Music with a message

Photo: Skedsmo Kommune Over 500 students and staff at Skjetten School in Skedsmo Municipality sing “Stopp, Ikke Mobb!” in conjunction with an anti-bullying week event.

Two teachers fight bullying in a creative way

Kelsey Larson

Copy Editor

Bullying is a common problem is schools worldwide. Recently, on Oct. 10, Canadian teen Amanda Todd made headlines after she committed suicide, just a month after asking for help in a YouTube video that also detailed her years of abuse at the hands of her peers at school and through social media. While Members of Parliament in Canada debate which anti-bullying measures to enact, most previous victims of bullying and parents of bullied children believe that prevention of bullying is the answer, rather than punishment of the guilty parties.

Meanwhile, in Norway, two teachers at Haga School in the municipality of Sola, Frode Skålevik and Helle-Ingunn Aaneland, have been working to prevent bullying in schools since 2006.

Since its premiere, their musical “Stopp! Ikke Mobb!” (literally, “Stop, Do Not Bully!”) has been performed at almost 200 schools across Norway. Its message against bullying and the creative way it is delivered, through music and drama, have made it a hit.

I spoke with Frode Skålevik, one of the musical’s creators, about the Stopp, Ikke Mobb Project.

Kelsey Larson: How long have you been a teacher, what do you teach, and why was bullying an important issue for you to address?

Frode Skålevik: I have been a teacher for almost 25 years, and teach students from 8 – 13 years old. I teach mostly math and music, but also swimming and science. I have, like most teachers, been concerned about bullying for quite a while. We know, of course, that this is something that can have serious consequences for those it affects, perhaps even for the rest of their lives.

KL: Where did you get the idea that combining music and drama might be a good motivation for students to work against bullying?

FS: A few years ago, there was an anti-bullying conference in Stavanger. Our school was to be visited by a number of “bigwigs” from the program who were doing work against bullying. Prior to this, I got the idea for the song “Stopp! Ikke Mobb!” Thus we sang the song for the first time when these people came to visit. They were so excited that we had to put the song on a CD, and it has since spread throughout Norway. My colleague, Helle-Ingunn Aaneland, is a skilled drama teacher. We directed school choir together, and had long thought that it might be fun to make a musical. When my song became so popular, I asked her to come up with a good idea for action around this song. She did, and wrote the manuscript, and together we wrote the rest of the songs of which the musical is composed.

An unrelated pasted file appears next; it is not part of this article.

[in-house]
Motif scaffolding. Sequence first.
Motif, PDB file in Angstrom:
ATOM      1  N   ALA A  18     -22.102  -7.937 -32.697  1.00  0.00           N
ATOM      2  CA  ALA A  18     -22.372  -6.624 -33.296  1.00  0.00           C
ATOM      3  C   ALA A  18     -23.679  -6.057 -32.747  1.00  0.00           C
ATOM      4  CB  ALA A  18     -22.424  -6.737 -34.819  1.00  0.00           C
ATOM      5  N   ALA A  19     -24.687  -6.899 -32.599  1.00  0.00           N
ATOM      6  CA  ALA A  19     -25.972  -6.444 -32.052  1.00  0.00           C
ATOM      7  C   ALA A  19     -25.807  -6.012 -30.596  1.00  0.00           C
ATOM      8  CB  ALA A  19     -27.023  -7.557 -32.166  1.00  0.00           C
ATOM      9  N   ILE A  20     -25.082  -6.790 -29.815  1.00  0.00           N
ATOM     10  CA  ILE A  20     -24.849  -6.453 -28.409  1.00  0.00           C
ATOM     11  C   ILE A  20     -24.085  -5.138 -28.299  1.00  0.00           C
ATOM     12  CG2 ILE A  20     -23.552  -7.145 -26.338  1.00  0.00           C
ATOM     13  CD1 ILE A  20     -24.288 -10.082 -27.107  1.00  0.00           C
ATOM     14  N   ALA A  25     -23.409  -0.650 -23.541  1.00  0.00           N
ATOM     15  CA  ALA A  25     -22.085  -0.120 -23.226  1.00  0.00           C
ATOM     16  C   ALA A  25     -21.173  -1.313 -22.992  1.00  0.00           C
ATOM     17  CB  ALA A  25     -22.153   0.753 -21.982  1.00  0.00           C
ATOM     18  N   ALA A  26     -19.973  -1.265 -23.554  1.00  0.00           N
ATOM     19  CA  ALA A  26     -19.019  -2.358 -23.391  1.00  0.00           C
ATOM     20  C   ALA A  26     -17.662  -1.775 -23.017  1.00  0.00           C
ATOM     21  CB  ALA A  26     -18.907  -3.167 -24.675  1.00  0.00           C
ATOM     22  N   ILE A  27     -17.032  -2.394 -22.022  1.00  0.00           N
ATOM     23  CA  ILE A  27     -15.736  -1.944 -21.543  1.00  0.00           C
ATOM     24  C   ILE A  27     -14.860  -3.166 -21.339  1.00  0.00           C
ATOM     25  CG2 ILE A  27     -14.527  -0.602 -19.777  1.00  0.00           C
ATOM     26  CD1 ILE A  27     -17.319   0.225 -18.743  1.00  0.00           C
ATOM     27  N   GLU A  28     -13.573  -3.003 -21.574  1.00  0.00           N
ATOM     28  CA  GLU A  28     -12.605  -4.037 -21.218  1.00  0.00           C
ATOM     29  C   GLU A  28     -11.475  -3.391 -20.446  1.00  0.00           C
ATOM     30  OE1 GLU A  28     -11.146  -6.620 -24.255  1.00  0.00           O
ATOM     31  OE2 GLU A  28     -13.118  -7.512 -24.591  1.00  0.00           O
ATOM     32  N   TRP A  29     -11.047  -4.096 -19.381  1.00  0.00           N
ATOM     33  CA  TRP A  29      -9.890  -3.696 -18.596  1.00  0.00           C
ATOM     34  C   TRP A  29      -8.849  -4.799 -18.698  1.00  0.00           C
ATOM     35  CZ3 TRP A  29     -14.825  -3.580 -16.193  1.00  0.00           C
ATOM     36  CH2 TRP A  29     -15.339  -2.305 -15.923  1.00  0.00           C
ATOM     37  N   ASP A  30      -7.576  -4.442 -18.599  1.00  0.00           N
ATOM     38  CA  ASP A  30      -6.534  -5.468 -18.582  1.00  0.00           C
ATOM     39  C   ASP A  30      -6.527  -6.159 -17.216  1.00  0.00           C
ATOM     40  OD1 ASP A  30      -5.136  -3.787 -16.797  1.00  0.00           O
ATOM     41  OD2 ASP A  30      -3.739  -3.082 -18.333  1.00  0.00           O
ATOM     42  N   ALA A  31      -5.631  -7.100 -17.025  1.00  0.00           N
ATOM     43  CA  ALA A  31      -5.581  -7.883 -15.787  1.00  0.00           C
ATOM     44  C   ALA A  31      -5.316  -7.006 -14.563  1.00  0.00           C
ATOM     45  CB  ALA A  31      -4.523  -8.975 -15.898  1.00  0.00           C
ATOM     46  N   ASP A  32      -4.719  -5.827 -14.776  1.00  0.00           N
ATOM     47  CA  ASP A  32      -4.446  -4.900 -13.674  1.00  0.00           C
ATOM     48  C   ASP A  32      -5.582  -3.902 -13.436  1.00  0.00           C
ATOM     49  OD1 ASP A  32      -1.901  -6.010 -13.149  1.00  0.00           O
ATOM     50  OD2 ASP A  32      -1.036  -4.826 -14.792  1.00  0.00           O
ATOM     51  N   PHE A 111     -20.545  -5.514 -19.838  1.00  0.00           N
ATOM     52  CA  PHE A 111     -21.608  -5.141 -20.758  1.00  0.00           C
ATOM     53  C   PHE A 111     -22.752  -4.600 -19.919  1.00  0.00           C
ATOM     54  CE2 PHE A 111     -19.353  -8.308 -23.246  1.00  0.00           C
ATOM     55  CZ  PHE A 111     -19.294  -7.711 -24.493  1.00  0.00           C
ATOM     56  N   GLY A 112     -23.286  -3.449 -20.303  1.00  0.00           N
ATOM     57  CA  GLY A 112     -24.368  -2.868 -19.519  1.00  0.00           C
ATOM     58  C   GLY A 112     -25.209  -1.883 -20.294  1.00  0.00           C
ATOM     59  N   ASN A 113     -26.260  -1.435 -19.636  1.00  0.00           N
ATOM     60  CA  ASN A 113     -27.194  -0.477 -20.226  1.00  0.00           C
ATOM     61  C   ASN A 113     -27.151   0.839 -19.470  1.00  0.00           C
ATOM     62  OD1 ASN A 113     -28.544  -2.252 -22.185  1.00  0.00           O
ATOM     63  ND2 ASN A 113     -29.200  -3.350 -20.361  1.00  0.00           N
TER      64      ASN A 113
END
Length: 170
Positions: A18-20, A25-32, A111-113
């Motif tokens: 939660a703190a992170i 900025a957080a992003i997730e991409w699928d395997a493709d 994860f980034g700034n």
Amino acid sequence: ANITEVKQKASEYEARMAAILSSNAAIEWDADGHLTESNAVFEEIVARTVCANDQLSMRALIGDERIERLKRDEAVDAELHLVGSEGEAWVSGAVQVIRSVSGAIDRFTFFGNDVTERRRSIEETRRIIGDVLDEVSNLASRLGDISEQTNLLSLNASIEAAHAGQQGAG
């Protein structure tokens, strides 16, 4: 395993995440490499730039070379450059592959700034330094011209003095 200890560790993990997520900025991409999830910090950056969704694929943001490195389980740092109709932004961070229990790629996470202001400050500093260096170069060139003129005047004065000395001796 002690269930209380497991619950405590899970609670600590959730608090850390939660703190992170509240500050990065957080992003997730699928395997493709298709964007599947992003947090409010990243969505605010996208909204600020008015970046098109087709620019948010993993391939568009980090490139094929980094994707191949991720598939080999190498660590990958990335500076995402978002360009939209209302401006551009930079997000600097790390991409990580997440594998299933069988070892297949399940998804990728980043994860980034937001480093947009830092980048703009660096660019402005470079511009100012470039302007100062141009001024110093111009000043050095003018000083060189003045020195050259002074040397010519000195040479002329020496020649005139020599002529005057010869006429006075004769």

We believe that bringing attention to bullying helps to counteract it. Students who have participated in the musical get put into the victim’s situation, and feel it in their body. This is the same feedback we get from other schools who have performed the musical.

KL: Clearly the musical has done very well. Did you ever expect the musical to become so popular? What kind of reactions do you get from schools who have performed the musical? Do they find it makes a difference when it comes to bullying?

FS: We never thought that the musical would become so popular. We hoped that maybe 10 schools would perform it, but now we are approaching 200. The reasons could be many: there aren¹t other musicals like this related to bullying, the songs are catchy, the message is simple. Moreover, it is not a “poor me” musical, but the attitude is “I do not want to be involved in this!”

Many schools use the musical, or parts of it, when they have a themed week on bullying. We have not advertised for the musical, but it has spread anyway. Now, “Stop Do not bully!” has been included in the new song book, “Songs of Norway.” So then, it has become even more well-known.

KL: Have you considered translating the musical into other languages and marketing it in other countries?

FS: Currently the musical is only in Norwegian. It could be fun to have it translated into English, but we have no concrete plans as of today. We would need to find some people who are good at translating songs first, so if you know of anyone let me know…the theme is equally applicable in the U.S., surely!

Find out more about the Stopp, Ikke Mobb Project at

This article originally appeared in the Oct. 19, 2012 issue of the Norwegian American Weekly. To subscribe, visit SUBSCRIBE or call us at (800) 305-0271.

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